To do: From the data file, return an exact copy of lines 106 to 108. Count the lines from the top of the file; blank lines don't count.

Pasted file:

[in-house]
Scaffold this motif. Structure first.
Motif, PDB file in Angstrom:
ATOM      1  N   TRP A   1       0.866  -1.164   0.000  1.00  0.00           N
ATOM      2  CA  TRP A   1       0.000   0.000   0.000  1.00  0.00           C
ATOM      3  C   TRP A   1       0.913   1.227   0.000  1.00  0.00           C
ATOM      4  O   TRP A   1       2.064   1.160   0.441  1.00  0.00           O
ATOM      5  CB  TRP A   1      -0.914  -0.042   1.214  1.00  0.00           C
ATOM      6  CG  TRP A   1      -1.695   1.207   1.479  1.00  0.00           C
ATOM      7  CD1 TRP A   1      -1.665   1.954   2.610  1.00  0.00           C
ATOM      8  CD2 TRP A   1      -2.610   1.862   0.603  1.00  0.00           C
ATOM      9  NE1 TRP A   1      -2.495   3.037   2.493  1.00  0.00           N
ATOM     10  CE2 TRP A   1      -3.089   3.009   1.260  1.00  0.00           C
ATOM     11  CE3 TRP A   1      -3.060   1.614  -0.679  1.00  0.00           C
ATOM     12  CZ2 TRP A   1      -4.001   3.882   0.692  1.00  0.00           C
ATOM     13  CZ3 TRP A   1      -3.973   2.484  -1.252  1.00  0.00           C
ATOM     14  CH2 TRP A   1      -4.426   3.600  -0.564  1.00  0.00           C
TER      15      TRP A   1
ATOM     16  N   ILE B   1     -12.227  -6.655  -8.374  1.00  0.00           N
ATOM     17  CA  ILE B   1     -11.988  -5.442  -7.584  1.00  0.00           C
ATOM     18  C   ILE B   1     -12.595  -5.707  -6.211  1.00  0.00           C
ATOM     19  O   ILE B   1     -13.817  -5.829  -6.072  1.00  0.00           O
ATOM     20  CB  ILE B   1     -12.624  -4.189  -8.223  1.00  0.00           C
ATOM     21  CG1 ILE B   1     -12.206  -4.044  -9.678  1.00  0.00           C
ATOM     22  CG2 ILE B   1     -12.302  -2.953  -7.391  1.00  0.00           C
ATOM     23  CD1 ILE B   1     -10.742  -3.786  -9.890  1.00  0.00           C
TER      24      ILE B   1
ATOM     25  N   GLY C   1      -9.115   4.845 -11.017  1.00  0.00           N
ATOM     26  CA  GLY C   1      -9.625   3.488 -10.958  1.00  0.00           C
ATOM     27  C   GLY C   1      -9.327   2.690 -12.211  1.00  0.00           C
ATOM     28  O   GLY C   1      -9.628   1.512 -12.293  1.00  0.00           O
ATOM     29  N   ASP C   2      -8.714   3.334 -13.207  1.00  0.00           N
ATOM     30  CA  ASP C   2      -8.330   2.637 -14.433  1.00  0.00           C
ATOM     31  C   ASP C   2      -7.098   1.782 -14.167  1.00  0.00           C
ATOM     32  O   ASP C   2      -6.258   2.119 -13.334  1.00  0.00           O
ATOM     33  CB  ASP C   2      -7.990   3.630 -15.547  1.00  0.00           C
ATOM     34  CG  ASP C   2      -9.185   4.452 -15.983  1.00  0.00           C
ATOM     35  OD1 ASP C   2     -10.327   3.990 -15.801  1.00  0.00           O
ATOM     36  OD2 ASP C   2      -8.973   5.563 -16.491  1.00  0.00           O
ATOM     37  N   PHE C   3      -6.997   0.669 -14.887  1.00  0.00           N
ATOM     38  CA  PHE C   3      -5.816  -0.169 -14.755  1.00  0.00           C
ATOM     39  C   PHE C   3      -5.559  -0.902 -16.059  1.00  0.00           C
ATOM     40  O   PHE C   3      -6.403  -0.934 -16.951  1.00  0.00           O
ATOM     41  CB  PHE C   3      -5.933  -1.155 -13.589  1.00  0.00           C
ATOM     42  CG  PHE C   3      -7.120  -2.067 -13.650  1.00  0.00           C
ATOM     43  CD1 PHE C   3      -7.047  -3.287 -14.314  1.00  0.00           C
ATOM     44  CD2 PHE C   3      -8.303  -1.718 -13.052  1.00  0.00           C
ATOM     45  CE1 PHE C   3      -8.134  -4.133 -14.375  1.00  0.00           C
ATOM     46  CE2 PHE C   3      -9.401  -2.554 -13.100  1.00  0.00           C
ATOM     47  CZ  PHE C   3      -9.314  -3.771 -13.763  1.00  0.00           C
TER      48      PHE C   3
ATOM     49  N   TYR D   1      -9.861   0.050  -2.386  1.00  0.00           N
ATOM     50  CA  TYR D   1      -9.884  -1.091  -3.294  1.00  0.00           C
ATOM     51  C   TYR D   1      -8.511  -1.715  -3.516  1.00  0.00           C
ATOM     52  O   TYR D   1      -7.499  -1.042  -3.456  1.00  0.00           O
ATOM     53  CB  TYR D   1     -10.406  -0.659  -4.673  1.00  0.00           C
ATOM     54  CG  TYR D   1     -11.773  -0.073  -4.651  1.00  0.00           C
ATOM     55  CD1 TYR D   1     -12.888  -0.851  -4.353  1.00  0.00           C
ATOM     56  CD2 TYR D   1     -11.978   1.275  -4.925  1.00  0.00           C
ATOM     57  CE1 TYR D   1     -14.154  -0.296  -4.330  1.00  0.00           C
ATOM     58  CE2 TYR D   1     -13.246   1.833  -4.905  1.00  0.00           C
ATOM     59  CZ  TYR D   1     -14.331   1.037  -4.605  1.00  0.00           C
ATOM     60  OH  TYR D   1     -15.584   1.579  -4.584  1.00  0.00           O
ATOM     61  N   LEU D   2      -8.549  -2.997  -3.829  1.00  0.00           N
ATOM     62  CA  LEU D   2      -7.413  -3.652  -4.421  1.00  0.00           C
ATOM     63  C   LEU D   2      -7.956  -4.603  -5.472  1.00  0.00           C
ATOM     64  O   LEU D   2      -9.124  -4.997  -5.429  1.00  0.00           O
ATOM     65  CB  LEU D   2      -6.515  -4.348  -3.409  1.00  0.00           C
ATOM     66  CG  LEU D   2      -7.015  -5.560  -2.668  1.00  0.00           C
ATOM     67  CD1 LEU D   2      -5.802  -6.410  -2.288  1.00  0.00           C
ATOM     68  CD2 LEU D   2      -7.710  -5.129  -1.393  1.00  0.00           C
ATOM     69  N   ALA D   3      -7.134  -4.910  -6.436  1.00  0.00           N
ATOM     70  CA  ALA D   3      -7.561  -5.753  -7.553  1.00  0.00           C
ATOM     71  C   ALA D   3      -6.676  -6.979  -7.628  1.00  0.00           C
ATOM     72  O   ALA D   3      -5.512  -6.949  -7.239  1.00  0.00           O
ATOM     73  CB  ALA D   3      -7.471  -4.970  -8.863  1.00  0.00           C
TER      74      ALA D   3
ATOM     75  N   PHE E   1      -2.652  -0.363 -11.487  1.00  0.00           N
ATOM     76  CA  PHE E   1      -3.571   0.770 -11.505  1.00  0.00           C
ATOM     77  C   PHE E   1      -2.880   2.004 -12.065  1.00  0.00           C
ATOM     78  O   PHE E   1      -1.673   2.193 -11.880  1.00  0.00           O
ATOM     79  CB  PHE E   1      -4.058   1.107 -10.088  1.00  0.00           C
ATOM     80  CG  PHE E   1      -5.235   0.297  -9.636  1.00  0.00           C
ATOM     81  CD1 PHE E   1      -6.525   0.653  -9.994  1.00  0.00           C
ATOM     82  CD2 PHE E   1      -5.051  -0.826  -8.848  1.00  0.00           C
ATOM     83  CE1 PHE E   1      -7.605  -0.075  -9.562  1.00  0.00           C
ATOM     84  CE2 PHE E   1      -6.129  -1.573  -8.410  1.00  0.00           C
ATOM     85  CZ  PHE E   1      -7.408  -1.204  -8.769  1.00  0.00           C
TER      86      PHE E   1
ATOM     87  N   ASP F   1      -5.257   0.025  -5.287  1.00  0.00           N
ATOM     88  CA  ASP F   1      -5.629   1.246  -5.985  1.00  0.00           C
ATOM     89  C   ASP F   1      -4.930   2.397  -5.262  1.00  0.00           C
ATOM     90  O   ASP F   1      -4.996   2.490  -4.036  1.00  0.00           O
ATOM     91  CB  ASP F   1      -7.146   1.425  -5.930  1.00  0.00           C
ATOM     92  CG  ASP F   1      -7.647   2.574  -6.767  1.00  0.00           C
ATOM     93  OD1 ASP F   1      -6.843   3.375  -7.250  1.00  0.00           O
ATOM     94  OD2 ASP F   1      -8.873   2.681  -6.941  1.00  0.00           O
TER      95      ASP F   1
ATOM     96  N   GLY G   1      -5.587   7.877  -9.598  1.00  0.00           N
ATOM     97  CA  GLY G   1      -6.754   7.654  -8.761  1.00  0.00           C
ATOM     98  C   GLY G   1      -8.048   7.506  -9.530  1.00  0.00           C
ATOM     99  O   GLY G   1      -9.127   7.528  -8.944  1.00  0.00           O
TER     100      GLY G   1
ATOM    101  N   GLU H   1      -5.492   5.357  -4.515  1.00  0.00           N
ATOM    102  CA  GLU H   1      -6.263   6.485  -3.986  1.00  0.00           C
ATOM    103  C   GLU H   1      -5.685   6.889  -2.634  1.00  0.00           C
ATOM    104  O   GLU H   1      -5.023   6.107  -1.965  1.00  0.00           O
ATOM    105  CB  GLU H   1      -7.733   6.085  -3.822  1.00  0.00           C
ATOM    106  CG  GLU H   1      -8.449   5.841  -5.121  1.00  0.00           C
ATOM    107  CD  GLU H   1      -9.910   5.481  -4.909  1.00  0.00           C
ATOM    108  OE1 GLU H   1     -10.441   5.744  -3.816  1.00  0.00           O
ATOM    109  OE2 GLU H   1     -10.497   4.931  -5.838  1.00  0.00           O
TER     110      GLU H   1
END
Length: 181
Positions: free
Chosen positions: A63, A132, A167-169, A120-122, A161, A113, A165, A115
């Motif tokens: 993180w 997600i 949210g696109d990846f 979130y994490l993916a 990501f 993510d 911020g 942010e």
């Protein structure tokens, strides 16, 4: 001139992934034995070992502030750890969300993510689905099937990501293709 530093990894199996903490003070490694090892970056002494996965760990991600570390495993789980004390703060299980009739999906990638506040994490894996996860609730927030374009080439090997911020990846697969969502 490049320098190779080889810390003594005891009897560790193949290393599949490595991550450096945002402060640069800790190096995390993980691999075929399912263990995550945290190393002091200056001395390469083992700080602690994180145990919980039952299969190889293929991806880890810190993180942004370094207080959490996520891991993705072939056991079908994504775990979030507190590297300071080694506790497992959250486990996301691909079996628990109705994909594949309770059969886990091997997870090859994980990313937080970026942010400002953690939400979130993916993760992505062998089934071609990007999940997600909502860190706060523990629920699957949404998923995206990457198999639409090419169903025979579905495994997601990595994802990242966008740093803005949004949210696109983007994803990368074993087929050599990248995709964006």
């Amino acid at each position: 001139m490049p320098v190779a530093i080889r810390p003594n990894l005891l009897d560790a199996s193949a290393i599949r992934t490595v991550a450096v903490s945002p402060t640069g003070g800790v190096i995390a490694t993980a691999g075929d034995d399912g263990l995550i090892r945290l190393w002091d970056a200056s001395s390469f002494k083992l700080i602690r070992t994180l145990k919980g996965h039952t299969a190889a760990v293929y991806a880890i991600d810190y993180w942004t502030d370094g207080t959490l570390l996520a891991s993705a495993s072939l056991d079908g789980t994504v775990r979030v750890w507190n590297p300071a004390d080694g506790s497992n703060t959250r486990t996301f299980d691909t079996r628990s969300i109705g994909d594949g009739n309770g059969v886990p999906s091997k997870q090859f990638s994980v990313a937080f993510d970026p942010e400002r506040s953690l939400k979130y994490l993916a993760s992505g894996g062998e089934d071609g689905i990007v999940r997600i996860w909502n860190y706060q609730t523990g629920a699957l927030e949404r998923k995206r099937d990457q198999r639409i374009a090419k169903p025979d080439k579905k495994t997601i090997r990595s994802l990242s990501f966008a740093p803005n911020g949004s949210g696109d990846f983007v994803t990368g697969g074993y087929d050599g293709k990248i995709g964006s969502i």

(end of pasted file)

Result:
ATOM    103  C   GLU H   1      -5.685   6.889  -2.634  1.00  0.00           C
ATOM    104  O   GLU H   1      -5.023   6.107  -1.965  1.00  0.00           O
ATOM    105  CB  GLU H   1      -7.733   6.085  -3.822  1.00  0.00           C